Tour the six-story elephant-shaped building, which was built in 1881 and is now on the National Park Registry of Historical Landmarks
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What You'll Get
Choose Between Two Options
- $11 for admission and a tour for two adults ages 13 and up ($17 value)
- $17 for admission and a tour for two adults and two children ($25 value)
Visitors take a tour of the six-story-high novelty building Lucy the Elephant. On the tour they learn about the elephant-shaped building’s history and unique architecture, as well as climb a spiral staircase up to the howdah on the elephant’s back. There, visitors get a 360-degree glimpse of the shore.
Read how Lucy the Elephant became a Jersey Shore icon by avoiding its own demise.
The Fine Print
Promotional value expires 150 days after purchase. Amount paid never expires. Limit 1 per person, may buy 1 additional as gift(s). Limit 1 per visit. Valid only for option purchased. Merchant is solely responsible to purchasers for the care and quality of the advertised goods and services.
About Lucy the Elephant
In 1881, arriving by water or rail, visitors to the Jersey Shore met a rather startling sight: an elephant, trunk lowered in a feeding position, towering six stories high. The elephant–shaped building, nicknamed "Lucy," was designed to attract prospective real-estate buyers to Margate, New Jersey. The brainchild of the elephant, James V. Lafferty Jr., actually had designed three gigantic elephants, but by 1969, only a derelict Lucy was left. Thanks to the dedicated Save Lucy Committee, which formed in 1970, the landmark—now listed on the National Park Registry of Historical Landmarks—reopened in 1974.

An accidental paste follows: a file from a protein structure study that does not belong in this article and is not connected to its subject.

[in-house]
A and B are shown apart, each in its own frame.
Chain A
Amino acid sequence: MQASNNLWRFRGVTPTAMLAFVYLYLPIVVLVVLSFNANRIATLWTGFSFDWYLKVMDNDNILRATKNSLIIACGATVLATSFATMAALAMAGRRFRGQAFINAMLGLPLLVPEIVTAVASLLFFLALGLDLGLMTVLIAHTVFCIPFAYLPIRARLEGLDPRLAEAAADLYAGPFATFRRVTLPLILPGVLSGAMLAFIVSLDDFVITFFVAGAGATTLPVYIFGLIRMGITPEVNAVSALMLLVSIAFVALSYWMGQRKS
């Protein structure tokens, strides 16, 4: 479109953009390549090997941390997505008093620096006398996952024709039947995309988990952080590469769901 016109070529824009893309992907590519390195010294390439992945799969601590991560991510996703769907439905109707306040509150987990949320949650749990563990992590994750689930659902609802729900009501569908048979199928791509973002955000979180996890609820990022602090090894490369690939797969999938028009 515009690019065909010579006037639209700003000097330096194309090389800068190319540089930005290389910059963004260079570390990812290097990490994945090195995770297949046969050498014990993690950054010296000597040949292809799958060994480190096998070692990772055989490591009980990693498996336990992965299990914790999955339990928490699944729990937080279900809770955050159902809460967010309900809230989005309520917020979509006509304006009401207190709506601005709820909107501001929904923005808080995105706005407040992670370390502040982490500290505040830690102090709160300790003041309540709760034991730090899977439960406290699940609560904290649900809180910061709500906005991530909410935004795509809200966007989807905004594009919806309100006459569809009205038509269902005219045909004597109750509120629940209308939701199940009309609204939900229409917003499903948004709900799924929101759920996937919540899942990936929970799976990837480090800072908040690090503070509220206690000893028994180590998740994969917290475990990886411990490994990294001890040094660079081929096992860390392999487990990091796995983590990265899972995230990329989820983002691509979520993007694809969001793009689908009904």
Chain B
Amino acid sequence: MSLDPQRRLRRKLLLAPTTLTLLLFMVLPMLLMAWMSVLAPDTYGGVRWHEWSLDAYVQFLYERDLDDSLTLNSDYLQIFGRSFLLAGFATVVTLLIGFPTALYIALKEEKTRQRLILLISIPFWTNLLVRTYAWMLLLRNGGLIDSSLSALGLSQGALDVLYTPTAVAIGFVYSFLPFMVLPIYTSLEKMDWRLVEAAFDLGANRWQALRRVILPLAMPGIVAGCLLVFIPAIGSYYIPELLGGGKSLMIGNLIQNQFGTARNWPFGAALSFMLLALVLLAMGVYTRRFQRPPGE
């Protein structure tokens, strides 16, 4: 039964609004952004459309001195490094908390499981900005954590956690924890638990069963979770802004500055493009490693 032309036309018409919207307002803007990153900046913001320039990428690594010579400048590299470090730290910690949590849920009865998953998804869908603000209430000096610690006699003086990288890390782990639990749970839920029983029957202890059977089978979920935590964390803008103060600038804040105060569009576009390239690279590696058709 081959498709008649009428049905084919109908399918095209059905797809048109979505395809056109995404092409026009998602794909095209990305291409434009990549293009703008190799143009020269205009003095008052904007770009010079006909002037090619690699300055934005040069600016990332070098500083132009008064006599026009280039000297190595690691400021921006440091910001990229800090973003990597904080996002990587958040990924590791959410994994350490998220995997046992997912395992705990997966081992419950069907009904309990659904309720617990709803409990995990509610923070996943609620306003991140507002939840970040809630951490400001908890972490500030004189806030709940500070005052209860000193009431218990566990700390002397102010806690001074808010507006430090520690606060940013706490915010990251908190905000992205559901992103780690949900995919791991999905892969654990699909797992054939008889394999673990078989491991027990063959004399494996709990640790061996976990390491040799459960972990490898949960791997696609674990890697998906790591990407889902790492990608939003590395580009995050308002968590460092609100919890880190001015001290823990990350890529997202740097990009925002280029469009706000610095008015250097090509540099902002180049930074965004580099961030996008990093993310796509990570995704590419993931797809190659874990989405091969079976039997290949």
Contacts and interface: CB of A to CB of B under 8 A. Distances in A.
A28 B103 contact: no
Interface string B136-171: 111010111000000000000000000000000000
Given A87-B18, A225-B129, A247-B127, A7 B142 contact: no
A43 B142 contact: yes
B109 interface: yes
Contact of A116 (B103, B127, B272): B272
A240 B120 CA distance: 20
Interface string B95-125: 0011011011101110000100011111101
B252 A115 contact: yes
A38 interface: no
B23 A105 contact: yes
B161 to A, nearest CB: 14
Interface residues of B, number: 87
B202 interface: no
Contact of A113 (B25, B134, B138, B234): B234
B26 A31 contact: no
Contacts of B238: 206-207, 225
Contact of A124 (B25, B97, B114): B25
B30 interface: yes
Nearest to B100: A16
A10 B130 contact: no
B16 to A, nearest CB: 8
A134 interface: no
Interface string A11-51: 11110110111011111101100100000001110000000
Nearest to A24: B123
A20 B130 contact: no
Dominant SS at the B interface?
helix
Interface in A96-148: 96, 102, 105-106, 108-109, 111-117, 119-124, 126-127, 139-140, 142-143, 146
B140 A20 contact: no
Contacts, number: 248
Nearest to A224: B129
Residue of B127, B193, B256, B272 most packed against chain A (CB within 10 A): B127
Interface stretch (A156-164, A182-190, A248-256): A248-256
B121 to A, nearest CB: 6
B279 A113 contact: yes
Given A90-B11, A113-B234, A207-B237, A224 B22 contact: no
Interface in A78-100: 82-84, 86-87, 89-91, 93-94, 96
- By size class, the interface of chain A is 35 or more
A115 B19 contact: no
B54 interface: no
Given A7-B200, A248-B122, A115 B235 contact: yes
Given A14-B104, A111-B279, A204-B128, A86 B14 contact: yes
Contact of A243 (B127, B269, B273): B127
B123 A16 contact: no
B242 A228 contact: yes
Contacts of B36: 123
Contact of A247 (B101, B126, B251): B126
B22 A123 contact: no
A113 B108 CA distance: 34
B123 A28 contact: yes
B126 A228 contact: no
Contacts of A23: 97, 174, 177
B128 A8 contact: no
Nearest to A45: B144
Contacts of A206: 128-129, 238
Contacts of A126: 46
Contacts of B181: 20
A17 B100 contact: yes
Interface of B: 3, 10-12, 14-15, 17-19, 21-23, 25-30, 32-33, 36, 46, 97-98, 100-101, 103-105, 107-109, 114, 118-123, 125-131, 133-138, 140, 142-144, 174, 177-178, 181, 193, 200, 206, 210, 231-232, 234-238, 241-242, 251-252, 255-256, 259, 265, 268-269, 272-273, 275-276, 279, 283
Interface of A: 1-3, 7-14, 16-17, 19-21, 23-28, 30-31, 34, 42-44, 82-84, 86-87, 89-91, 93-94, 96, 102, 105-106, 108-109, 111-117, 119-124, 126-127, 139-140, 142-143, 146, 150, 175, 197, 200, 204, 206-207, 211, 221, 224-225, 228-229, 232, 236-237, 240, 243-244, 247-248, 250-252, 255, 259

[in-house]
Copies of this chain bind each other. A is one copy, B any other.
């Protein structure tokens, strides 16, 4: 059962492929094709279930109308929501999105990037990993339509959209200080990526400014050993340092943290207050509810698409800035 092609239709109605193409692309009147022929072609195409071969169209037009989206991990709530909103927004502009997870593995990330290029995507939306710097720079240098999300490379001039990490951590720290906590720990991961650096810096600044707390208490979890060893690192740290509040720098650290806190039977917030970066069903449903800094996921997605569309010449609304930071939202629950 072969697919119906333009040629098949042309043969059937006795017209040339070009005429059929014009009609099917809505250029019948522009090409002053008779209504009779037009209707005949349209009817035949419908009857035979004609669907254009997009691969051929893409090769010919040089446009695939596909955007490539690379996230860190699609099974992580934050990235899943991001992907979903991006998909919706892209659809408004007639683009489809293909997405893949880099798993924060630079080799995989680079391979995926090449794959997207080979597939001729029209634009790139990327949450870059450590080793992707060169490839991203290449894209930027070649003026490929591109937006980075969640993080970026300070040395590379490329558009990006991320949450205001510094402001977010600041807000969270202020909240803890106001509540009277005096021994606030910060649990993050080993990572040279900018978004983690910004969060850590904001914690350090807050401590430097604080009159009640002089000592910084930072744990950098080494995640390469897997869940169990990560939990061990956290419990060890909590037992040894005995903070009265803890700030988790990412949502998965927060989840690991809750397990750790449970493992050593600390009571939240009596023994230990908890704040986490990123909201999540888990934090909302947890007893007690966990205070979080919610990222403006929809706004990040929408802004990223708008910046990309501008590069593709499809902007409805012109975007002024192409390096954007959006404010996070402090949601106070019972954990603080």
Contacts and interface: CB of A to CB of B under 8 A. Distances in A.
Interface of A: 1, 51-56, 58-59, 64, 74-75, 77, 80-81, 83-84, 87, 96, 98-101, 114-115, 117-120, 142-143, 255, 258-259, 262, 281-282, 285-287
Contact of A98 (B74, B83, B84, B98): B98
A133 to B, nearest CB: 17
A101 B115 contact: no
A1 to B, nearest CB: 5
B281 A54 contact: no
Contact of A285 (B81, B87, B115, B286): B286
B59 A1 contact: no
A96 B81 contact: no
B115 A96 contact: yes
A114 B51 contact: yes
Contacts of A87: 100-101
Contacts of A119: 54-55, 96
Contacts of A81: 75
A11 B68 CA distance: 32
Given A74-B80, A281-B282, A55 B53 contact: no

Constructed from wood and metal, Lucy weighs 90 tons; her ears each weigh 2,000 pounds alone. Every 30 minutes, guided tours enter the spiral stairway in her hind legs, which climbs through her insides up to the howdah on her back. This perch affords a stunning 360-degree view of Josephine Harron Park and the surrounding shore, where beachgoers sunbathe, splash in the water, and struggle to pay the mortgage on their sandcastles.